Stuart Davis American, 1894-1964
Throughout his ever-evolving career, Stuart Davis synthesized the major styles of 20th-century modernism and made vibrant, inventive paintings that alternately embraced representational and conceptual concerns. He is perhaps best known for a bold, rhythmic style that fused hard-edged geometries with texts and imagery drawn from advertising.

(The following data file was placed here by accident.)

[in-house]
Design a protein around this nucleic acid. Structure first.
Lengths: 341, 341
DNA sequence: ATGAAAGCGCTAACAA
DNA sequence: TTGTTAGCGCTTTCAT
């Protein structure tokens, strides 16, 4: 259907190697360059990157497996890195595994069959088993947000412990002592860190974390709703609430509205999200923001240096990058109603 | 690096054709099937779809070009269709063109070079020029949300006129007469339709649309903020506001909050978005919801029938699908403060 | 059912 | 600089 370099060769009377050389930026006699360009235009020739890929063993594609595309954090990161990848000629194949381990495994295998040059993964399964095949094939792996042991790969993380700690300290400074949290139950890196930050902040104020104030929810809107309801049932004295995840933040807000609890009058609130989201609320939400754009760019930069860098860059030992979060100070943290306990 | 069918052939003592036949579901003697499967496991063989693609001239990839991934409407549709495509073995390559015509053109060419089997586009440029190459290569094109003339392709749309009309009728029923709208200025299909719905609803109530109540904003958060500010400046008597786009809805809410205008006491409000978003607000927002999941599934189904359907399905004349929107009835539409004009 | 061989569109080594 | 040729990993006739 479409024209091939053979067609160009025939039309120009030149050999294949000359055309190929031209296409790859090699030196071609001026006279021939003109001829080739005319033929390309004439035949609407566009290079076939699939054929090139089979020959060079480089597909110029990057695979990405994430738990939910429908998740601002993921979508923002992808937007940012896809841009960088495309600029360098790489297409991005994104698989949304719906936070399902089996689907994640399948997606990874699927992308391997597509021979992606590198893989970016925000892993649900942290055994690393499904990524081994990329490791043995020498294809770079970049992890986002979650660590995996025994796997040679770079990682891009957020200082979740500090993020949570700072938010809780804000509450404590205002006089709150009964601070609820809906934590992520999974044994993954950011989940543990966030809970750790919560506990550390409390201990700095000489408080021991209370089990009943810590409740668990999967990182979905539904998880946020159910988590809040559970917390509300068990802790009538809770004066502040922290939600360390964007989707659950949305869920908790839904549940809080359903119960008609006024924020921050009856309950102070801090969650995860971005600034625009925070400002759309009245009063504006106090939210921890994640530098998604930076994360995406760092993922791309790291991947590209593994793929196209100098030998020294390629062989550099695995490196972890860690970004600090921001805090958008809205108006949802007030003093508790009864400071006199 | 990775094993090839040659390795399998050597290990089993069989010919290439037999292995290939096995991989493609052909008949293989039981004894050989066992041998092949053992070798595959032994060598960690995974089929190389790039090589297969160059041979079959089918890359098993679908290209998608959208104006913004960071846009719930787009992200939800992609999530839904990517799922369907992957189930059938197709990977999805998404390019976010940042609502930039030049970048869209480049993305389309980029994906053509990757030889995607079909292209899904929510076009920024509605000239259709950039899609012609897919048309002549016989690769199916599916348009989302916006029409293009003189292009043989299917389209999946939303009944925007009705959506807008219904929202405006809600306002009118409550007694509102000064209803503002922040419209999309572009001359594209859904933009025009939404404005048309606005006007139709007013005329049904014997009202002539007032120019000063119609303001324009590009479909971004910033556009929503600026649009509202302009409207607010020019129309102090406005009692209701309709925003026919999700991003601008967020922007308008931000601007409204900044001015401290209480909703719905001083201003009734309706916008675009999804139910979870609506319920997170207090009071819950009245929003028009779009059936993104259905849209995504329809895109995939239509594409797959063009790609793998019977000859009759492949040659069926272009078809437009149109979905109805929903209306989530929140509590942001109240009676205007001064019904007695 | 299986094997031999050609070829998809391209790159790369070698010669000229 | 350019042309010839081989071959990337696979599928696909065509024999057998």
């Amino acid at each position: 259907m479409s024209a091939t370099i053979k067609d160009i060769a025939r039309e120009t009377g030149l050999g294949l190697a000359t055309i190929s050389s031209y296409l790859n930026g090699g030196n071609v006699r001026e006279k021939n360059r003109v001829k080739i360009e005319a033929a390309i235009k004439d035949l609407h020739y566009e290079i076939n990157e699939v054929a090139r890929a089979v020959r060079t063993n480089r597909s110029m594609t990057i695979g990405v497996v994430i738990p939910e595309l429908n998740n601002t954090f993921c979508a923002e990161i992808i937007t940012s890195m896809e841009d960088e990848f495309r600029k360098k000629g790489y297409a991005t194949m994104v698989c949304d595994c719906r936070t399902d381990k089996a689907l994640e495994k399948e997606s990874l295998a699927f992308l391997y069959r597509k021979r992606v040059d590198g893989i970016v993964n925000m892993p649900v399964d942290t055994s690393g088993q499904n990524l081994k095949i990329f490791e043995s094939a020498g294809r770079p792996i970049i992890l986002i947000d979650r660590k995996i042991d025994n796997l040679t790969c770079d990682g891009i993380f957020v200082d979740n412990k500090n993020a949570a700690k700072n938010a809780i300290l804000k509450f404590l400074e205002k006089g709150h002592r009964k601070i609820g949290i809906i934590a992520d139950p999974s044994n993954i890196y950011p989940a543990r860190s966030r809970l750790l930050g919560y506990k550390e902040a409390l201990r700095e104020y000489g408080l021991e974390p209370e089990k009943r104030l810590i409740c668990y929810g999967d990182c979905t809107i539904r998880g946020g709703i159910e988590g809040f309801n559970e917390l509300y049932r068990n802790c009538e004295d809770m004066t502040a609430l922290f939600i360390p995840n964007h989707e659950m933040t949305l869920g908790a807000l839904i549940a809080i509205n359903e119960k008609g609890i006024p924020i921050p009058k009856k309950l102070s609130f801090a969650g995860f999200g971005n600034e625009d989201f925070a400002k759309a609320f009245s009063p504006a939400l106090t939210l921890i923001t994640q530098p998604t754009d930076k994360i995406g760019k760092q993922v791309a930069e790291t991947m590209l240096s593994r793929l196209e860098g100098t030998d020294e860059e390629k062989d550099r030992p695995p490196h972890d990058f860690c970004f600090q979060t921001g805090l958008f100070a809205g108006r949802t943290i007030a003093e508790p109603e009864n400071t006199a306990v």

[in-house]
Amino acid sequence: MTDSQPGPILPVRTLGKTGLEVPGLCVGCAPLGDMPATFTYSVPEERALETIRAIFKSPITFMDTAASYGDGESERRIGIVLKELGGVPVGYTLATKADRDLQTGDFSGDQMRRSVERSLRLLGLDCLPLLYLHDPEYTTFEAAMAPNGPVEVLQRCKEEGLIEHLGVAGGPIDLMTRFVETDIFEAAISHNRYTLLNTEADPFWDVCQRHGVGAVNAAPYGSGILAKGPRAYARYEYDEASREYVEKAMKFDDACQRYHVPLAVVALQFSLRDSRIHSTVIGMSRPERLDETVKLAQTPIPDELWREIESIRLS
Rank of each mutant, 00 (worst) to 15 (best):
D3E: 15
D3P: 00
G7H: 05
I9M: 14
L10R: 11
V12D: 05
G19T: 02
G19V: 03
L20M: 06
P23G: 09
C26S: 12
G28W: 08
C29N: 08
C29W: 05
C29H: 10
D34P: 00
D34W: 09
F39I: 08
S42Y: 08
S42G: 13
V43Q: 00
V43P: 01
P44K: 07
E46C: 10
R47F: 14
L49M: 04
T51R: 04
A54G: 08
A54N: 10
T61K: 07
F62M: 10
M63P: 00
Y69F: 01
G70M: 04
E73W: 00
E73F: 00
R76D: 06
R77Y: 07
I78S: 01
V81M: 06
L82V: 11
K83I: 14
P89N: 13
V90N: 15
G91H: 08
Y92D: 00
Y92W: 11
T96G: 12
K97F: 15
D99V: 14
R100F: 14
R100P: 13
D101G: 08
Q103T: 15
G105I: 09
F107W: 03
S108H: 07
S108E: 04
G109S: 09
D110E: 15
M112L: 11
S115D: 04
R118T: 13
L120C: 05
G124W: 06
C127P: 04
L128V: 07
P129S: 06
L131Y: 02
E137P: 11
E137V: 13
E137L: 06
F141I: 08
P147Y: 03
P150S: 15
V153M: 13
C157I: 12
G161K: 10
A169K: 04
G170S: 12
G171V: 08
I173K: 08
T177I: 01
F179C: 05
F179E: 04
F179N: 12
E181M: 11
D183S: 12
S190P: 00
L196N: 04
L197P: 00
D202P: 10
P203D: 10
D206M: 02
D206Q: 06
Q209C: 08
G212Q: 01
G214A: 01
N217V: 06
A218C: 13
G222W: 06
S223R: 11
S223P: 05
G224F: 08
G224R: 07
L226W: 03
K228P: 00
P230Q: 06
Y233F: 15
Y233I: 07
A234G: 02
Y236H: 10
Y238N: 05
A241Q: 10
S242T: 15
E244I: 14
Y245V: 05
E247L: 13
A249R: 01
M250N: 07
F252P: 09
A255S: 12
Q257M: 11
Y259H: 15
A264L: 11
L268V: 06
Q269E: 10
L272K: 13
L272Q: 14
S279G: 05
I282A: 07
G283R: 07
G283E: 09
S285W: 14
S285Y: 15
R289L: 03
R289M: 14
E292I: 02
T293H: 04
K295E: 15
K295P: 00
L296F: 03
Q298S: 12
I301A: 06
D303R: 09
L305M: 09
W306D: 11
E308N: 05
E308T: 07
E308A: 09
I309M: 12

The artist’s earlier work favored the realism of the Ashcan School, but the influence of Cubism and Post-Impressionism led Davis to a more graphic, abstract mode which nevertheless incorporated recognizable shapes and subject matter. His jazzy aesthetic served as a precursor to Pop art. Davis participated in the 1913 Armory Show and went on to work as a muralist for the Works Progress Administration. His work has sold for seven figures at auction and belongs in the collections of the Museum of Modern Art, the Metropolitan Museum of Art, the Whitney Museum of American Art, the Guggenheim Museum, the National Gallery of Art, and the Los Angeles County Museum of Art, among other institutions.